But what happens when we allow the church to be solely responsible for teaching our children about faith?

I admit to you that we have been guilty of this.  And we are pastors, for goodness sake.  I’m not saying that we don’t talk about God or read the Bible at home with our kids.  We do.  We pray together every night and we have conversations about faith and Jesus and the Bible often.  But we have often failed to be intentional in creating time to really instruct them in their faith.

Some of you know this, but we will be moving overseas later this year to a place where corporate worship will look much different.  There will be no Sunday School or Children’s Church.  There will be no girls and boys clubs and kids ministry events.  Our kids ministry will be us as parents ministering to our own kids.  This excites and scares me all at the same time.  Because here, when life gets busy and we get caught up in work and school and chores and activities, we have the church to fall back on in educating our kids about spiritual things.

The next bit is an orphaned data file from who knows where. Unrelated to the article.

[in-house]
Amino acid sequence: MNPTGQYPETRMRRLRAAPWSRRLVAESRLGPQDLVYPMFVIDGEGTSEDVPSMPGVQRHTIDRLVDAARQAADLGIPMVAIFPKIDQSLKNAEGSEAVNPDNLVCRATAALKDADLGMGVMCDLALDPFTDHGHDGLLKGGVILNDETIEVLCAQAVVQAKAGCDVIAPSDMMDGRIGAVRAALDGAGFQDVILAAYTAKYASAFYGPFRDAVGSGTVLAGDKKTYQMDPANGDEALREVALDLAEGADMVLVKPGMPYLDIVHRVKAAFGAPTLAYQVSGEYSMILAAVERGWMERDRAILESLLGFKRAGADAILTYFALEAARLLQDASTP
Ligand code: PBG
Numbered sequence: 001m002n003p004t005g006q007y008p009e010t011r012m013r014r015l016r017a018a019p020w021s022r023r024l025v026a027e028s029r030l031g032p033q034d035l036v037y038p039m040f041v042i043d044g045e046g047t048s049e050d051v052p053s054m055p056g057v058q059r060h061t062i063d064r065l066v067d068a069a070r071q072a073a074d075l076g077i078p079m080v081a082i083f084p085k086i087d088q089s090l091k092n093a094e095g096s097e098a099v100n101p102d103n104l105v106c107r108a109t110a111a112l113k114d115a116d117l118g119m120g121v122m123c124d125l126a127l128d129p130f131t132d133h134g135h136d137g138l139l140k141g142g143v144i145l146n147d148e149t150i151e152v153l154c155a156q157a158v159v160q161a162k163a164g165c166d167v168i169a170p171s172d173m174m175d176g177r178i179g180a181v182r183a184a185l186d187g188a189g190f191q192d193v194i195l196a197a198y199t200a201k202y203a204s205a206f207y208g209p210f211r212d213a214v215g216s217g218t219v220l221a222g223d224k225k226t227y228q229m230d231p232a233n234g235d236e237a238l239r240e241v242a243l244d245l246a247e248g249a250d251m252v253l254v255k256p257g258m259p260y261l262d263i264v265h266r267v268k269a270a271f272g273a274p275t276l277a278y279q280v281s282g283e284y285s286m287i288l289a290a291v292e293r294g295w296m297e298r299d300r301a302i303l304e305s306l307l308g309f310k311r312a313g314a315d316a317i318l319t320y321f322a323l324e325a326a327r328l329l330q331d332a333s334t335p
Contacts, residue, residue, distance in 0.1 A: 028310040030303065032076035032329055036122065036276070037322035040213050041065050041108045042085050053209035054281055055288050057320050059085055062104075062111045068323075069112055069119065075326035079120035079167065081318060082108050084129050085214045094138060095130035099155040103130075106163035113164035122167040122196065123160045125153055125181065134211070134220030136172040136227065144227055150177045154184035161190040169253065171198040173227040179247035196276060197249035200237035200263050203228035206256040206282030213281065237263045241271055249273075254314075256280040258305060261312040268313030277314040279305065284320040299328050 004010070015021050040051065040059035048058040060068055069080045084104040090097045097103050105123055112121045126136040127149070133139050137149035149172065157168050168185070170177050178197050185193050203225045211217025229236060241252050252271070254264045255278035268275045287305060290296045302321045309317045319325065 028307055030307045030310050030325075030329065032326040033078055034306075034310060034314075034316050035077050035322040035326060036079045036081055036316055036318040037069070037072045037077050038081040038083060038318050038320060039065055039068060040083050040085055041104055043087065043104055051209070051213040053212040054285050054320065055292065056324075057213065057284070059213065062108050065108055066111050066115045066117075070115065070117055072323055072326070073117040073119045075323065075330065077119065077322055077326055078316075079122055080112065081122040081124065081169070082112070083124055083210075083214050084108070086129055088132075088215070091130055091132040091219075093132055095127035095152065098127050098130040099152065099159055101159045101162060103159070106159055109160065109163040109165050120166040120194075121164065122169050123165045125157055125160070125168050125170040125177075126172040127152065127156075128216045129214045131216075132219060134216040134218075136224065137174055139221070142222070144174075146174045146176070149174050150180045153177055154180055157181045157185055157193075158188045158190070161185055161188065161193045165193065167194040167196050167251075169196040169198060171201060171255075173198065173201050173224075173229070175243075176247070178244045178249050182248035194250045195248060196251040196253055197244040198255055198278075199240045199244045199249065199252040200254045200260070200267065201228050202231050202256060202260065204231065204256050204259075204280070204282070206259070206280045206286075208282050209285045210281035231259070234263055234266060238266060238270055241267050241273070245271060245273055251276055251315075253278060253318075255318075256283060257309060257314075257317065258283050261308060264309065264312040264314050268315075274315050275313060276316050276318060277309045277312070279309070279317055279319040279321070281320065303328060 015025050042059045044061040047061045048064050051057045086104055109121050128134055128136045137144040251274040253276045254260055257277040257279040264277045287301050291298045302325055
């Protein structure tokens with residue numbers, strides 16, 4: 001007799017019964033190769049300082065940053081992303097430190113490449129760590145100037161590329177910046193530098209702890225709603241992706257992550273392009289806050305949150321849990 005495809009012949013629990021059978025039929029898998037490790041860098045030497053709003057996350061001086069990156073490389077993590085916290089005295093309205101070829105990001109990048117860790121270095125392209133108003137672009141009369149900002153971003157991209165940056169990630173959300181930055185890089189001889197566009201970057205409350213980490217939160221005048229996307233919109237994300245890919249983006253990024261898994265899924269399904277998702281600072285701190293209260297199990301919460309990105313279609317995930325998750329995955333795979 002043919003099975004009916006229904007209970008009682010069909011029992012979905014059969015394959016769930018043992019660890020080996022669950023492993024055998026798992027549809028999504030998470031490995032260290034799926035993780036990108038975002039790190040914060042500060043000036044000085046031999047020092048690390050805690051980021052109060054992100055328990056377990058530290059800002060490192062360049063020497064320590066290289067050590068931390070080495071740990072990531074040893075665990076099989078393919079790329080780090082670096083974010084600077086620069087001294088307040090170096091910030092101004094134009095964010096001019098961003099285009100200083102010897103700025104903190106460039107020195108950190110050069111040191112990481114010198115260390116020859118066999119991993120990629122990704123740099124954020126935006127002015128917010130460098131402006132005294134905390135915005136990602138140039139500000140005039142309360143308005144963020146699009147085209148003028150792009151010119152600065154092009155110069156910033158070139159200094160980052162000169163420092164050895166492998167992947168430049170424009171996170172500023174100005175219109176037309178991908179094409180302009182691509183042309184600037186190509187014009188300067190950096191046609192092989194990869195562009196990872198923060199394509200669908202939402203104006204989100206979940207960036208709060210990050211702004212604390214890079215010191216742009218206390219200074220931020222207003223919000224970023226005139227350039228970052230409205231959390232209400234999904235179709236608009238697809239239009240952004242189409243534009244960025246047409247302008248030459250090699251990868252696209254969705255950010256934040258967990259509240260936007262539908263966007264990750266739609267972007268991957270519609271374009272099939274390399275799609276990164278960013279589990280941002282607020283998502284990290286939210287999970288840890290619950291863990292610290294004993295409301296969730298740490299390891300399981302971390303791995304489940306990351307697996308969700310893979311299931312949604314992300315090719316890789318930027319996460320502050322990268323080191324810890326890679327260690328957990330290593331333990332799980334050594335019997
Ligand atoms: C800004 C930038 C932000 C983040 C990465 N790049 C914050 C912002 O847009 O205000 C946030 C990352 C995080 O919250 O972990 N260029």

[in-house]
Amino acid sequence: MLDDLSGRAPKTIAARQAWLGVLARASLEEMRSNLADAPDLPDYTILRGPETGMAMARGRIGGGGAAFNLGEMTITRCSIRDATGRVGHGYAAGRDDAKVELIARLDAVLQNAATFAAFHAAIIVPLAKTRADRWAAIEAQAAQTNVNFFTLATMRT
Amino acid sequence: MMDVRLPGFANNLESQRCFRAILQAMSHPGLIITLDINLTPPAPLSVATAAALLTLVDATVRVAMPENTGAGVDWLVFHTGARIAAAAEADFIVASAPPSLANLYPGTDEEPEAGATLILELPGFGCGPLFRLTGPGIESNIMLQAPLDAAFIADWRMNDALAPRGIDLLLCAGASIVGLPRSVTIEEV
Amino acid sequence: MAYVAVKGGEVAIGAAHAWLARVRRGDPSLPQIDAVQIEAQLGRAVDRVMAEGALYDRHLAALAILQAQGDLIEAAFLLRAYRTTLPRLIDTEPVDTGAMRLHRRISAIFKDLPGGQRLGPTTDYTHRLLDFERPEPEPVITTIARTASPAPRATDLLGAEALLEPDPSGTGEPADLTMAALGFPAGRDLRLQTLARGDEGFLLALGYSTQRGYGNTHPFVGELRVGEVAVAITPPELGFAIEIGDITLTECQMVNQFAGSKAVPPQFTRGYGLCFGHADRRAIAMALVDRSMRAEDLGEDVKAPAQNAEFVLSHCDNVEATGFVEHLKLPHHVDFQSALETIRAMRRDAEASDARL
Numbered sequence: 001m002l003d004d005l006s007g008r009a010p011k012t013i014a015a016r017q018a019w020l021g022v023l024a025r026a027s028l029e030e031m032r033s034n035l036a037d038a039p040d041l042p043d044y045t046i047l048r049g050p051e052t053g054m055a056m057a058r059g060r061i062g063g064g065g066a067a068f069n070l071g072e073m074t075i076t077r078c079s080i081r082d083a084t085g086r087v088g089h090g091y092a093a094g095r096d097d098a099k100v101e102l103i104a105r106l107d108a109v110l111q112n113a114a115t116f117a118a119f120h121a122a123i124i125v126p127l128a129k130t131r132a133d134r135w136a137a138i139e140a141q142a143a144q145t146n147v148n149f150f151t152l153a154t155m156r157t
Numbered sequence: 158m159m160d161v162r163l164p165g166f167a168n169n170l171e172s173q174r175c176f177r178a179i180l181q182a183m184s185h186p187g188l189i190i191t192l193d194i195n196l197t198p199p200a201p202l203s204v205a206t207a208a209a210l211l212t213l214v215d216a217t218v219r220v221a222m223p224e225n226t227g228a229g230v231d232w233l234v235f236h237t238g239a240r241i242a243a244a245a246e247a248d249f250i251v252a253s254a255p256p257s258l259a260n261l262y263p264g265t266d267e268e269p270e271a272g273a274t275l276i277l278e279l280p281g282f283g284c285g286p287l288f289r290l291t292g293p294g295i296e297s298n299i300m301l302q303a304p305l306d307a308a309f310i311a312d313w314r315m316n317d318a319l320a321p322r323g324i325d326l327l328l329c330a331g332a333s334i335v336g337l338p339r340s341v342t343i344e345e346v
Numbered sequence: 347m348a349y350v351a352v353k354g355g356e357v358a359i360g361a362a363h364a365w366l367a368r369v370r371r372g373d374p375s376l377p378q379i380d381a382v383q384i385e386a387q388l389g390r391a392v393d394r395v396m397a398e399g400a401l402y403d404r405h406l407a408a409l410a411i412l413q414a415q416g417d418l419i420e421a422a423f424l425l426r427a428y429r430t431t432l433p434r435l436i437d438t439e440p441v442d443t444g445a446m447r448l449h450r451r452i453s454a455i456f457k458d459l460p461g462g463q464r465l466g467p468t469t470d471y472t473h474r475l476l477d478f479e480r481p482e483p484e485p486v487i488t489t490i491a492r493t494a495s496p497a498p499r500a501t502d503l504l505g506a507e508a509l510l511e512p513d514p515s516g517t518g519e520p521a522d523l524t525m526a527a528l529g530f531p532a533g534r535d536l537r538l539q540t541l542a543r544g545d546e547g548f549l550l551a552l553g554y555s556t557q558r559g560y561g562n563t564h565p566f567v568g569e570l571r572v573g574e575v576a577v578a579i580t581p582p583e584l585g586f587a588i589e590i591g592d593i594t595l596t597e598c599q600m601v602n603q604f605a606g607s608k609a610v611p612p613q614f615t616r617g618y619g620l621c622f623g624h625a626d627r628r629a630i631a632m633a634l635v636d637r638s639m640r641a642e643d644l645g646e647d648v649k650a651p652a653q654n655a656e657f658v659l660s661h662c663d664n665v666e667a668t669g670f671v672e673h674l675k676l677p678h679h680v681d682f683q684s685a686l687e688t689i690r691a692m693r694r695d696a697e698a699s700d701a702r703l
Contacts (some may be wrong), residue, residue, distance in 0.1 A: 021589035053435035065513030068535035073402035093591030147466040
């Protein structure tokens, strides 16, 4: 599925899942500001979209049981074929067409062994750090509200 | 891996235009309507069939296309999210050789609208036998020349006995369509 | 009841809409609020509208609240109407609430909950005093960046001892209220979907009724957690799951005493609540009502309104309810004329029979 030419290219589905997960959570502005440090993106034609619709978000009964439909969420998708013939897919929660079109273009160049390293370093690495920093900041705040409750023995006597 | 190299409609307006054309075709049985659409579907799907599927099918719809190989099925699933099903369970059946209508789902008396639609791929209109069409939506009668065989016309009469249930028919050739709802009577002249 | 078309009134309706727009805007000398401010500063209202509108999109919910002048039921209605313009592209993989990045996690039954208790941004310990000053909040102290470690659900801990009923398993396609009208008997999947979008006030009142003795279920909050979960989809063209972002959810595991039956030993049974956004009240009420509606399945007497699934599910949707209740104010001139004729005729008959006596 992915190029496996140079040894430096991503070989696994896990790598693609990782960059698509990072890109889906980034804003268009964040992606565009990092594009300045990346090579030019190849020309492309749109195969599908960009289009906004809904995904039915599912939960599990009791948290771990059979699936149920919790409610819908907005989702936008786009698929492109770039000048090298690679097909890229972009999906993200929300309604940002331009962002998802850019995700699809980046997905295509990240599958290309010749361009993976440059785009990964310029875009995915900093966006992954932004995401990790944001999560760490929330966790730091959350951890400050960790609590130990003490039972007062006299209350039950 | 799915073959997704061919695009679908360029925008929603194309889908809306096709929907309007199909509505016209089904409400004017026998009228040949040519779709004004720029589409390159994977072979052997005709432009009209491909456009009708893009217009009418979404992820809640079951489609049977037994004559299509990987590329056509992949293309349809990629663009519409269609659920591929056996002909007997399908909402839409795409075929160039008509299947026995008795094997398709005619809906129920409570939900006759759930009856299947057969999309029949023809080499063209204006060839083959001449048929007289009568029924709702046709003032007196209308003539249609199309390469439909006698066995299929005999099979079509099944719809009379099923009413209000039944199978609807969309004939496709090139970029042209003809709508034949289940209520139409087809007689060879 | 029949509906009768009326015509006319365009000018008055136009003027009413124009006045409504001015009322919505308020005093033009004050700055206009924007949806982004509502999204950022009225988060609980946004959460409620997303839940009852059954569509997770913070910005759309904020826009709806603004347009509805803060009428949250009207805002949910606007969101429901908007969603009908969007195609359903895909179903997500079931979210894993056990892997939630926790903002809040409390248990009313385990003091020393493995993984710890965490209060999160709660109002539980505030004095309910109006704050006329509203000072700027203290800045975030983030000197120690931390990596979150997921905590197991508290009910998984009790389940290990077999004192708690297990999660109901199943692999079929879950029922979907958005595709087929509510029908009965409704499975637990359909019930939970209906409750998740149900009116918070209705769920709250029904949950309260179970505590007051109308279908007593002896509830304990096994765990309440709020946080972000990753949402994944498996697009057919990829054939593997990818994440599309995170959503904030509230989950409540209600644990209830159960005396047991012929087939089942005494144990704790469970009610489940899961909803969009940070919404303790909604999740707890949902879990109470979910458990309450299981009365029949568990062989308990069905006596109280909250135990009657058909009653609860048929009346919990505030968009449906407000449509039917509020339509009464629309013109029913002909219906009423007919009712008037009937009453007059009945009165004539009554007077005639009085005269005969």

But I wonder, in having so many church-based programs for every part of the family, if perhaps we have handicapped ourselves in truly learning how to work out our own salvation, and disciple others to do the same.